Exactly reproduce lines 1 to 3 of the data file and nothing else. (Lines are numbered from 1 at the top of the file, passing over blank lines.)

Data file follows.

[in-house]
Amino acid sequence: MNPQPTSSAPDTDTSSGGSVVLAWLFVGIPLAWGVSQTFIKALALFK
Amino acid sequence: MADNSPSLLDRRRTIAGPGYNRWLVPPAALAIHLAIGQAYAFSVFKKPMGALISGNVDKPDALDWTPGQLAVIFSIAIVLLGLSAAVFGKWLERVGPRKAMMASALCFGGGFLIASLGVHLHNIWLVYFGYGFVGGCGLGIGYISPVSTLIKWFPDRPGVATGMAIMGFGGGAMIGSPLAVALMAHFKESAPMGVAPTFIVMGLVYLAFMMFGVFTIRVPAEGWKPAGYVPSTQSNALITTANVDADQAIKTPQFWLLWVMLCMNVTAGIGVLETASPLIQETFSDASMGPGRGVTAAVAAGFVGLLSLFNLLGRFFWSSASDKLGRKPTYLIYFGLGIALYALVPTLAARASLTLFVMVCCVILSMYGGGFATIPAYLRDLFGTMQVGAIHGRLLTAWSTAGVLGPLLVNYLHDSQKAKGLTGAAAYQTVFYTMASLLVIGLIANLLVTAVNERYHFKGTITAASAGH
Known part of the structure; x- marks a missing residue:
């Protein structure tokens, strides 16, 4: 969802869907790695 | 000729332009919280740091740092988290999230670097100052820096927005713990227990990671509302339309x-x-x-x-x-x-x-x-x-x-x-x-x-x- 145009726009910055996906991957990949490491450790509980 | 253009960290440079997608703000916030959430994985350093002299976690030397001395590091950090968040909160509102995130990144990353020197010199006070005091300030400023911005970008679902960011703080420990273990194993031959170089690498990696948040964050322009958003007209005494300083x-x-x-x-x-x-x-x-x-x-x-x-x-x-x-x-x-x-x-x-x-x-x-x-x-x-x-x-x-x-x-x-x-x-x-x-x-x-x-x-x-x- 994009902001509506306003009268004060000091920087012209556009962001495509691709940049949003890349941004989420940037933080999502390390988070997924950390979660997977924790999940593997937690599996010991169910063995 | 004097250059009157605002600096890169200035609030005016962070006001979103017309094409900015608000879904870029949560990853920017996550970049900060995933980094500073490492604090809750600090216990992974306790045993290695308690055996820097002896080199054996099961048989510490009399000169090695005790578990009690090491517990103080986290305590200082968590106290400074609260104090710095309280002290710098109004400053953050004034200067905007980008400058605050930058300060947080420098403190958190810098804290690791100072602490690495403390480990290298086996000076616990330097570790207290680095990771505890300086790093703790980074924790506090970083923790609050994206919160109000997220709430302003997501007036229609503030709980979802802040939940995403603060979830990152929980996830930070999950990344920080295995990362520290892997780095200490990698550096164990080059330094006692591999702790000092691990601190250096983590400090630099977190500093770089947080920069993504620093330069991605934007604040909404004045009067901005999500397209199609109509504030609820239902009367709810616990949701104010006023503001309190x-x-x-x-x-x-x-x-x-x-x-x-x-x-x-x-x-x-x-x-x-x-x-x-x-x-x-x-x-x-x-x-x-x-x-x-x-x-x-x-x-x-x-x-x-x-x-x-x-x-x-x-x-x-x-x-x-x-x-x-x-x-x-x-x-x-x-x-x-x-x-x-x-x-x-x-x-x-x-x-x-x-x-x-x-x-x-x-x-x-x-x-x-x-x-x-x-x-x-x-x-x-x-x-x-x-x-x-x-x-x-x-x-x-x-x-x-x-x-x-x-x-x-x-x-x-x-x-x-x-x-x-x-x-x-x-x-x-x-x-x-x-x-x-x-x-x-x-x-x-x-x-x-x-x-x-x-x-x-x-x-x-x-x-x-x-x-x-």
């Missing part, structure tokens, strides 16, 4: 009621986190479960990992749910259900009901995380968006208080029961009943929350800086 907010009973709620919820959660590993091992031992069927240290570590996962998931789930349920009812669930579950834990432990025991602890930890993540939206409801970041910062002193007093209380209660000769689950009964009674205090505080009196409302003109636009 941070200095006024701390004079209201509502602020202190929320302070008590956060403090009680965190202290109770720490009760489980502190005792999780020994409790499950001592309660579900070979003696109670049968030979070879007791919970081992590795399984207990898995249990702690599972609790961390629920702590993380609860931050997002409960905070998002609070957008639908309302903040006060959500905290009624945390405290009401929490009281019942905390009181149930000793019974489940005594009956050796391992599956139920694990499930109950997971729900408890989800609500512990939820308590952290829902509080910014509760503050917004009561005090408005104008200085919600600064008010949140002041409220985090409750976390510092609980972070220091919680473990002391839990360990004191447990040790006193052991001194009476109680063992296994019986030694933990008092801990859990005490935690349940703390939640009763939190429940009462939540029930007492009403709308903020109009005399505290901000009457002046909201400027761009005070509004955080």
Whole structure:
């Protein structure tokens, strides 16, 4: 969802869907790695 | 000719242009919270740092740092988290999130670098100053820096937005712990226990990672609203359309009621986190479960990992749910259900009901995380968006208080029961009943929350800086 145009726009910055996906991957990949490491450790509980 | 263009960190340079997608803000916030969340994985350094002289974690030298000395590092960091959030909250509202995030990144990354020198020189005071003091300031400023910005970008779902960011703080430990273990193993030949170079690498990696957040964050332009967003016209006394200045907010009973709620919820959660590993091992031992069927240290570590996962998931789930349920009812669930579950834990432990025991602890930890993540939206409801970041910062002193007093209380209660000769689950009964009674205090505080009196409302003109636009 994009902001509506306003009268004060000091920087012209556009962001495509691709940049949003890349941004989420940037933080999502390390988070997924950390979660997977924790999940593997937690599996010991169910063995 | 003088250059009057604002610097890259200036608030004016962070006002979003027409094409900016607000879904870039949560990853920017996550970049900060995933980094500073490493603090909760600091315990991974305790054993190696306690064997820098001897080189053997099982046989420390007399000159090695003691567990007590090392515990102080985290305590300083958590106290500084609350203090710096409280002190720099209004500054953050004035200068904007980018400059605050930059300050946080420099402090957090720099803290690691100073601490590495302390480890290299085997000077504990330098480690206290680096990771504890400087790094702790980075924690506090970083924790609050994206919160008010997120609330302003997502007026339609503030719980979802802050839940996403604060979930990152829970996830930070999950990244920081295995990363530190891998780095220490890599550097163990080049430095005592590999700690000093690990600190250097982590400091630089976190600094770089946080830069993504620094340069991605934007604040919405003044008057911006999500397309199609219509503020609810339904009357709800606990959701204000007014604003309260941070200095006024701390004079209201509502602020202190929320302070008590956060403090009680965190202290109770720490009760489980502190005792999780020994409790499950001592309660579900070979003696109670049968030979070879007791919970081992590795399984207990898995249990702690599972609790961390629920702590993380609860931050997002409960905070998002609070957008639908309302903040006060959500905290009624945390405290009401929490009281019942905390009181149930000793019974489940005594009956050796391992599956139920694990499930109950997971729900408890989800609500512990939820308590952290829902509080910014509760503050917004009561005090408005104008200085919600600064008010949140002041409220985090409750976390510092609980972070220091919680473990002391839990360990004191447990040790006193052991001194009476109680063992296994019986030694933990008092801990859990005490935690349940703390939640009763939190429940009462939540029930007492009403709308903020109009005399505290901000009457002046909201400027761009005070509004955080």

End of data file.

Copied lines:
[in-house]
Amino acid sequence: MNPQPTSSAPDTDTSSGGSVVLAWLFVGIPLAWGVSQTFIKALALFK
Amino acid sequence: MADNSPSLLDRRRTIAGPGYNRWLVPPAALAIHLAIGQAYAFSVFKKPMGALISGNVDKPDALDWTPGQLAVIFSIAIVLLGLSAAVFGKWLERVGPRKAMMASALCFGGGFLIASLGVHLHNIWLVYFGYGFVGGCGLGIGYISPVSTLIKWFPDRPGVATGMAIMGFGGGAMIGSPLAVALMAHFKESAPMGVAPTFIVMGLVYLAFMMFGVFTIRVPAEGWKPAGYVPSTQSNALITTANVDADQAIKTPQFWLLWVMLCMNVTAGIGVLETASPLIQETFSDASMGPGRGVTAAVAAGFVGLLSLFNLLGRFFWSSASDKLGRKPTYLIYFGLGIALYALVPTLAARASLTLFVMVCCVILSMYGGGFATIPAYLRDLFGTMQVGAIHGRLLTAWSTAGVLGPLLVNYLHDSQKAKGLTGAAAYQTVFYTMASLLVIGLIANLLVTAVNERYHFKGTITAASAGH